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Criminology with Psychology
Undergraduate course
BA (Hons)

Criminology with Psychology

Overview

Understand how psychology can be applied to explain certain aspects of crime and criminal behaviour. This course will provide you with the opportunity to explore criminological issues alongside a psychological focus and will offer new ways of thinking about society while honing your understanding of people. You will engage with assumptions about the place of crime in society and our responses to it, and through social research you will gain an understanding of the causes and effects of crime and deviant behaviour. By using a range of psychological approaches to study human behaviour and thought, you will understand why people respond the way they do to crime.
Previous students have volunteered as learning support workers for the Leeds Youth Justice Board. We also offer international study opportunities through our Study Abroad programme and ERASMUS scholarships. Through ERASMUS you can study one semester in one of our partner universities in countries such as France, Czech Republic and Germany. With our Study Abroad programme, recent students spent a semester studying at the University of North Florida.

Course Features

  • Part-time study available
  • Study abroad option
  • Expert careers service
  • 24/7 Library
  • University accommodation
  • TEF Silver Award

Entry Requirements

104
POINTS REQUIRED
If you're applying via UCAS, find out more about how your qualifications fit into the UCAS tariff.
UCAS Tariff Points: 104 points required. (Minimum 64 from two A Levels or equivalent, excluding General Studies).
If you're applying via UCAS, find out more about how your qualifications fit into the UCAS tariff.
Additional Requirements:
GCSEs:
GCSE English Language and Maths at Grade C or above (Grade 4 for those sitting their GCSE from 2017 onwards) or equivalent. Key Skills Level 2, Functional Skills Level 2 and the Certificate in Adult Literacy/Numeracy are accepted in place of GCSEs.
Access to HE Diploma:
Pass overall with a minimum of 104 UCAS tariff points.
Scottish Awards:
Minimum of 5 subjects at Grade B at Higher Level.
Irish Leaving Certificate:
Minimum of 5 subjects at Grade C1 or above at Higher Level of which at least 3 must be at B2.
Selection Criteria:
We may use selection criteria based on your personal attributes; experience and/or commitment to the area of study. This information will be derived from your personal statement and reference and will only be used if you have met the general entry requirements.
International Baccalaureate: 24 Points
IELTS:
IELTS 6.0 with no skills below 5.5, or an equivalent qualification. The University provides excellent support for any applicant who may be required to undertake additional English language courses.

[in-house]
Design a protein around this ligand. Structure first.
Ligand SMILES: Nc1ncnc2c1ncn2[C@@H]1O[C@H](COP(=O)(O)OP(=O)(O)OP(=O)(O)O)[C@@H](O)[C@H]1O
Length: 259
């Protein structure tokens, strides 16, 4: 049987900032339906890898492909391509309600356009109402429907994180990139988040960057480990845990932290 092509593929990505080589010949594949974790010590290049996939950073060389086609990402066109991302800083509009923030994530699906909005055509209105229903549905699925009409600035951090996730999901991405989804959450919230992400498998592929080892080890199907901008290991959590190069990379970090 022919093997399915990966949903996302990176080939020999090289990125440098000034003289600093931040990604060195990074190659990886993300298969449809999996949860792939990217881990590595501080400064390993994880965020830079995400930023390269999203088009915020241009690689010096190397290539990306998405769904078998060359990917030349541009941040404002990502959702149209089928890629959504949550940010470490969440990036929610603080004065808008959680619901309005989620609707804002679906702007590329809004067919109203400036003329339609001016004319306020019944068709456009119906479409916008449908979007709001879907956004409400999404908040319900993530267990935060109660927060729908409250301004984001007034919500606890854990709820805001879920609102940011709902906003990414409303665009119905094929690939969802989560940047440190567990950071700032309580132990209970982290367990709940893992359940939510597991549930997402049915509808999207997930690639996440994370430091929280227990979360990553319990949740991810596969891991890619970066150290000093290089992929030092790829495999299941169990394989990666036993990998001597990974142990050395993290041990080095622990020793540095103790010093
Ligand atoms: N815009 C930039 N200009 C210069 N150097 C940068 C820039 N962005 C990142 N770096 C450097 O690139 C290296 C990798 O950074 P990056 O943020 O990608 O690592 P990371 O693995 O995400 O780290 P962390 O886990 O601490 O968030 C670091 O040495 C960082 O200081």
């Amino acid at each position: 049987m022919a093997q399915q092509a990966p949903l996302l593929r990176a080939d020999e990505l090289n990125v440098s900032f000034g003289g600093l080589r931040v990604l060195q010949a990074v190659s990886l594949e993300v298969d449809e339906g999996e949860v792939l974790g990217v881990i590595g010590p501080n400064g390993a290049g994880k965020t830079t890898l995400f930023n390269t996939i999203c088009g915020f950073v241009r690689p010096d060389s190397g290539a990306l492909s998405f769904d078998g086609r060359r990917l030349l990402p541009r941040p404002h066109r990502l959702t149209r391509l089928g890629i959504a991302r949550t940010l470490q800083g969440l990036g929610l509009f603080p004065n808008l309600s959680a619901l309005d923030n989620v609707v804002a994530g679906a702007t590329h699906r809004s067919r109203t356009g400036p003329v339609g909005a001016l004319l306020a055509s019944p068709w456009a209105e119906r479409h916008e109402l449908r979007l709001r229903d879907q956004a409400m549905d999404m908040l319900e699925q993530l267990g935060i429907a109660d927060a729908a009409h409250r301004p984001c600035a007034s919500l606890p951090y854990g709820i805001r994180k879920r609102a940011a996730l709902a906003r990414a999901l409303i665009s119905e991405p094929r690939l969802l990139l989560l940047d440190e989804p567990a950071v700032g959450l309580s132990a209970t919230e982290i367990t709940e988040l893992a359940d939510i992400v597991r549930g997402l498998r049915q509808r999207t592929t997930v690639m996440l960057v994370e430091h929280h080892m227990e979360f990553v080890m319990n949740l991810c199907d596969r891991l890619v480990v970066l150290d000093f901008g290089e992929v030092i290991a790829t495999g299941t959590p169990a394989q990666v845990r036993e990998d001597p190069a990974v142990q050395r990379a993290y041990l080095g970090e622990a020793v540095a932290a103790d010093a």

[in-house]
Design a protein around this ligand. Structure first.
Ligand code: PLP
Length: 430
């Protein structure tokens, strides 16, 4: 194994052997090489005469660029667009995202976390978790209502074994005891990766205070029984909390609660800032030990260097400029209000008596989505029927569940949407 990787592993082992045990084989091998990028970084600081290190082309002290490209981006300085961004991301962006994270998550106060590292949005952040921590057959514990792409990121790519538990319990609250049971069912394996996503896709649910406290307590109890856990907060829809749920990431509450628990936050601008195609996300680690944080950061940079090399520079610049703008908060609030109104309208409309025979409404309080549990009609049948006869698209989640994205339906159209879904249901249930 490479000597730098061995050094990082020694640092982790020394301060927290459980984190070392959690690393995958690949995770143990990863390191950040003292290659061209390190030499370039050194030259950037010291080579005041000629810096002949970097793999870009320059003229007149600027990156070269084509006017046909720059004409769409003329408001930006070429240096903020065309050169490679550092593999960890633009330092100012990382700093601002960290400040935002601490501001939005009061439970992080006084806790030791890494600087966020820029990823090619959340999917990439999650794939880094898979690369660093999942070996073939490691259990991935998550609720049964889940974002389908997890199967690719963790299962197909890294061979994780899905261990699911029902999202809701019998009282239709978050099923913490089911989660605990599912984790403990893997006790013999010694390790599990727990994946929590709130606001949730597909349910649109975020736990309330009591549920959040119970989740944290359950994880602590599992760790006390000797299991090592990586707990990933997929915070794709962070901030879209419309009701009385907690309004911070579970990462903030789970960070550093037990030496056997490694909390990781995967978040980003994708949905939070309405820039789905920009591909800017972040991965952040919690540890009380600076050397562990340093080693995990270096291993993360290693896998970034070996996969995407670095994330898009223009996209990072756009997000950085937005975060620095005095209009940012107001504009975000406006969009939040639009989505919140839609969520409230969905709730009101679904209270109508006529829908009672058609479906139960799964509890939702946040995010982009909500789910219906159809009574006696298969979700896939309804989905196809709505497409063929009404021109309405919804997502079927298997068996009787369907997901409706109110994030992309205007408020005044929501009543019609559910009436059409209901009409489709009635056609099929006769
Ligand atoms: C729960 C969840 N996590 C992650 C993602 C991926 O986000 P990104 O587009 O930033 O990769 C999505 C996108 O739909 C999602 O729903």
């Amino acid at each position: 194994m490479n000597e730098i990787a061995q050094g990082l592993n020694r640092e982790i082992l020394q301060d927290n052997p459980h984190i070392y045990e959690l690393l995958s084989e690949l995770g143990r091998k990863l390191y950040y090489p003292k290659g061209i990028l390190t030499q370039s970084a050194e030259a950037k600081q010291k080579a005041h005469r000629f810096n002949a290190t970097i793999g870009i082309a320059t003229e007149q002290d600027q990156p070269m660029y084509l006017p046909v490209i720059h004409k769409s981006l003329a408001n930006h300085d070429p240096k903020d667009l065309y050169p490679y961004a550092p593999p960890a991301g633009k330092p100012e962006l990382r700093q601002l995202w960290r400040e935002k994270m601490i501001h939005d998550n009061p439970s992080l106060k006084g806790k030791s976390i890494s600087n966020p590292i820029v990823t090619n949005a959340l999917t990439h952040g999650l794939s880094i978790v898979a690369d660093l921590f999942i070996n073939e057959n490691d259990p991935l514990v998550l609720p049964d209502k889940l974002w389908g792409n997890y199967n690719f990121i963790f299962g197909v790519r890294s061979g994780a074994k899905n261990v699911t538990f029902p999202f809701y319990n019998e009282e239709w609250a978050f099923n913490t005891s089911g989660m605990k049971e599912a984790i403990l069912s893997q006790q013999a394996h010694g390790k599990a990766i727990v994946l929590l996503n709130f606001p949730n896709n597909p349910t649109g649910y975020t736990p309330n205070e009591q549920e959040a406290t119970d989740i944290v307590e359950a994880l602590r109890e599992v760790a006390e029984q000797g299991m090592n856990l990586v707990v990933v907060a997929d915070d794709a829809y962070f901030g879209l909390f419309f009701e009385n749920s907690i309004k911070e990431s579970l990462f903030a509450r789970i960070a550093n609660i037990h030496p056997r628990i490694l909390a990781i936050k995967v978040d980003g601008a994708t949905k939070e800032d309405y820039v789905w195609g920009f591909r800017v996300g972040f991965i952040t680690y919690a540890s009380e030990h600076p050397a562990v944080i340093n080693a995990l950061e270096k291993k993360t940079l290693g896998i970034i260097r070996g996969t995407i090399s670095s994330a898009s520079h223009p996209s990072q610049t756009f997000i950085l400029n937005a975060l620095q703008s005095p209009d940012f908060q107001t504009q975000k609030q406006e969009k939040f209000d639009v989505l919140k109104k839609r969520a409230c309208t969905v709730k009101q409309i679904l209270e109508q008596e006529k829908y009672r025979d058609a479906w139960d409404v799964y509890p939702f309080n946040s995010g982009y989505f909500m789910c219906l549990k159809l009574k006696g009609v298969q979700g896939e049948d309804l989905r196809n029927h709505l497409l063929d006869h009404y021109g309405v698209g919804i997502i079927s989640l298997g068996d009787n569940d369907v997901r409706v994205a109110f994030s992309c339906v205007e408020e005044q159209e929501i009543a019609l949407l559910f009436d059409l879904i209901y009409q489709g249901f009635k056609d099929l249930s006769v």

Mature Applicants
Our University welcomes applications from mature applicants who demonstrate academic potential. We usually require some evidence of recent academic study, for example completion of an access course, however recent relevant work experience may also be considered. Please note that for some of our professional courses all applicants will need to meet the specified entry criteria and in these cases work experience cannot be considered in lieu.

If you wish to apply through this route you should refer to our University Recognition of Prior Learning policy that is available on our website.

Please note that all applicants to our University are required to meet our standard English language requirement of GCSE grade C or equivalent, variations to this will be listed on the individual course entry requirements.

UCAS Tariff Points:104 points required. (Minimum 64 from two A Levels or equivalent, excluding General Studies).
If you're applying via UCAS, find out more about how your qualifications fit into the UCAS tariff.
Additional Requirements:
GCSEs:
GCSE English Language and Maths at Grade C or above (Grade 4 for those sitting their GCSE from 2017 onwards) or equivalent. Key Skills Level 2, Functional Skills Level 2 and the Certificate in Adult Literacy/Numeracy are accepted in place of GCSEs.
Access to HE Diploma:
Pass overall with a minimum of 104 UCAS tariff points.
Scottish Awards:
Minimum of 5 subjects at Grade B at Higher Level.
Irish Leaving Certificate:
Minimum of 5 subjects at Grade C1 or above at Higher Level of which at least 3 must be at B2.
Selection Criteria:
We may use selection criteria based on your personal attributes; experience and/or commitment to the area of study. This information will be derived from your personal statement and reference and will only be used if you have met the general entry requirements.
International Baccalaureate: 24 Points
IELTS:
IELTS 6.0 with no skills below 5.5, or an equivalent qualification. The University provides excellent support for any applicant who may be required to undertake additional English language courses.
Verify your qualifications
If you are an international student, we can help you to compare and verify your qualifications. Please contact our International Office on +44 (0)113 812 1111 09.00 to 17.00 Mon-Thurs / 09.00 to 16.30 Fri GMT or email internationaloffice@leedsbeckett.ac.uk.
Need to improve your English Language skills?
Don't worry if you don't have the level of English required for your chosen course. We offer a wide range of courses which have been designed to help you to improve your qualifications and English language ability, most of which are accredited by the British Council. Check your English and find out more about our English courses.


More questions?
No matter what your questions, we are here to answer them, visit our International website to get more information and find out about our online open days.

Careers

Vicky Maycock

Careers

Vicky Maycock
Claims Negotiator Fusion Insurance

BA (Hons) Criminology

“My course allowed me to increase my knowledge of fraud and insurance and enter a career I'm really interested in. My job requires me to investigate potential fraudulent claims and I find I'm able to understand them in-depth because of the specialist knowledge I gained on my degree.

Modules & learning

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Understand what it means to be a criminologist as an academic discipline in an interesting context and explore its broad range of specialisms.

Trace the development of criminology and elementary theory, looking at crime trends, social divisions and critiquing common sense assumptions about crime and deviance.

Learn about the criminal justice process within England & Wales; the actors and institutions that make up this system, along with some underlying social theories.